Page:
• forced me to step out of my comfort zone as we had to practise presenting in front of the group, watch the film back and be critiqued;
  • gave me the opportunity to take time away from the office to think and reflect.

As a bonus it also provided two professional trainer certifications (with The Institute of Leadership & Management and NCFE).

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5 things I’ve learnt about freelancing in my first 5 years as a freelancer

I’ve recently spent some time reflecting back on my first five years of freelancing. It’s been quite a ride and I’ve learnt A LOT. About business. About the cultural sector. About myself.

Here are 5 lessons I’ve learnt and tips I would give to newbie freelancers:

  1. Be assertive and proactive

Don’t spend hours desperately scrolling on social media hoping that opportunities will come to you. Hunt down tenders and briefs out there, make speculative approaches, get out and about, get involved in online and ‘real’ communities (e.g. #museumfreelance and #museumhour on Twitter), comment and have opinions, write a blog.

Make sure people know who you are, what you can do and how you can help them. Don’t be afraid to hustle and don’t be afraid to ask for testimonials and shout about your achievements – if you don’t, no one will and people aren’t mindreaders!

Learn how to say ‘no’, question things that don’t sound right or you think could be improved and don’t take rejection too personally. These are still a work in progress for me but I’ve found they get easier over time with experience. Learning to say ‘no’ was a theme from one of our 2017 Museum Freelance event speakers, business coach Anna Lundberg, and she has a guide on this that is worth checking out.

  1. Plan, evaluate and reflect

Treat your business as a client or project like any other. Schedule some time to look at your finances, do some marketing, identify your training needs, review how things are going and so on.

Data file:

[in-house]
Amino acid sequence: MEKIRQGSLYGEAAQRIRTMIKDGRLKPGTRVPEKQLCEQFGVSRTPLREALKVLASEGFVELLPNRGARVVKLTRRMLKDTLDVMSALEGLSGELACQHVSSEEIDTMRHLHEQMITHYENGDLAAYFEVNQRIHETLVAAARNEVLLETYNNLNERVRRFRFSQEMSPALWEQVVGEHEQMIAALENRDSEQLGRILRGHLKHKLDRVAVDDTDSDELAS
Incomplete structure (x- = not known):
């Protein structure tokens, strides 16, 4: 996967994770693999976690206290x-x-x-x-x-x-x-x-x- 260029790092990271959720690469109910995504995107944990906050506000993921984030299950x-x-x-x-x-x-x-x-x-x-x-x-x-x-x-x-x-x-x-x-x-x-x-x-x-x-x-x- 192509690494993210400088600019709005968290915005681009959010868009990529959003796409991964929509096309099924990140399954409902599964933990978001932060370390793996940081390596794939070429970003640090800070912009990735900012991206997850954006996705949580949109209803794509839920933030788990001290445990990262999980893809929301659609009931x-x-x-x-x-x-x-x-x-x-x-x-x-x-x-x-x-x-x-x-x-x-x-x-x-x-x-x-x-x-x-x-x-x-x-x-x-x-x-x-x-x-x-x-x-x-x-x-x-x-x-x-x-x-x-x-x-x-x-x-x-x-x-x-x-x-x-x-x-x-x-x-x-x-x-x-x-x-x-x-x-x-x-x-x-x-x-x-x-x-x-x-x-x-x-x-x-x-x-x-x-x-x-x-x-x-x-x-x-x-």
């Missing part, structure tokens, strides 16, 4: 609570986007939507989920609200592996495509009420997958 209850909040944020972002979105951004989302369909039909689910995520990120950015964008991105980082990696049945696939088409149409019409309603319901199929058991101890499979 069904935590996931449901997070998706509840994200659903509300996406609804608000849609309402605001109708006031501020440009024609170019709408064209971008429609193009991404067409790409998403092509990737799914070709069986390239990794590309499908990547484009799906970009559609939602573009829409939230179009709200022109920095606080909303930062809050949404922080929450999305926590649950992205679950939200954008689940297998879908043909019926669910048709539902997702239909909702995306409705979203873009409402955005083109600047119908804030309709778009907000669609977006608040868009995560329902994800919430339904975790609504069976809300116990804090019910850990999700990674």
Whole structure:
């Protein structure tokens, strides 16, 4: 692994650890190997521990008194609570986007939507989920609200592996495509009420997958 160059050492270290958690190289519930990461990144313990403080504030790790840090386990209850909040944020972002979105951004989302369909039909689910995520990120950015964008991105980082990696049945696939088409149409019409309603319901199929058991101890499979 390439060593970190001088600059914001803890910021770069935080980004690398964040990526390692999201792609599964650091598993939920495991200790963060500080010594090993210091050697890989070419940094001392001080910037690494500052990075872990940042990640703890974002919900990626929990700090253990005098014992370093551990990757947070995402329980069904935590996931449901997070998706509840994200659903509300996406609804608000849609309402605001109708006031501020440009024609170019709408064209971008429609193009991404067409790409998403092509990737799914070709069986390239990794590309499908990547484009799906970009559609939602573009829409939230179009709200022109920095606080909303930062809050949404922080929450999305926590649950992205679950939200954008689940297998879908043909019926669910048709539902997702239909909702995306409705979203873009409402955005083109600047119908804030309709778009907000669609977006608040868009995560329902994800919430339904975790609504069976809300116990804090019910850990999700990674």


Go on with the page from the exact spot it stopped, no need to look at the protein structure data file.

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“See research as the start of something”

Takeaways from the Museum Association’s MP seminar on Getting to Know You: Using Visitor Data Intelligently at the Royal College of Surgeons of Edinburgh, 20 September 2017.

Yesterday I spoke at this one-day conference which aimed to explore the different ways data can be used, from diversifying audiences and supporting fundraising to planning exhibitions and events.

My  topic was ‘Demystifying non-user consultation’, talking about how museums can undertake their own research with people and organisations who aren’t currently engaging with them or their services. My aim was to share practical tips and methods that cost very little and could be carried out by museum staff or volunteers. You can find links to links that I referred to in my presentation here.

Here are a few takeaways from some of the other presentations of the day, linked to Twitter accounts: Continue reading

Flintspiration inspiration

In 2015 the Norwich Historic Churches Trust (NHCT) committed to:

  • Playing a major role in Norwich’s tourism offer by presenting the Trust’s portfolio of churches and their architectural, historical and cultural significance in a way which is accessible, exciting and relevant;
  • Developing the Trust’s infrastructure and resources to enable it to deliver an extended programme of public benefits.

This led to a successful application to the Heritage Lottery Fund for a grant of £68,400 to devise and deliver what became Flintspiration, a long weekend of events for all ages celebrating Norwich’s outstanding collection of medieval churches, their role in the city over the centuries and their importance as heritage assets, community and cultural venues and places of worship today. It took place on Saturday 29 April to Bank Holiday Monday 1 May 2017.  Continue reading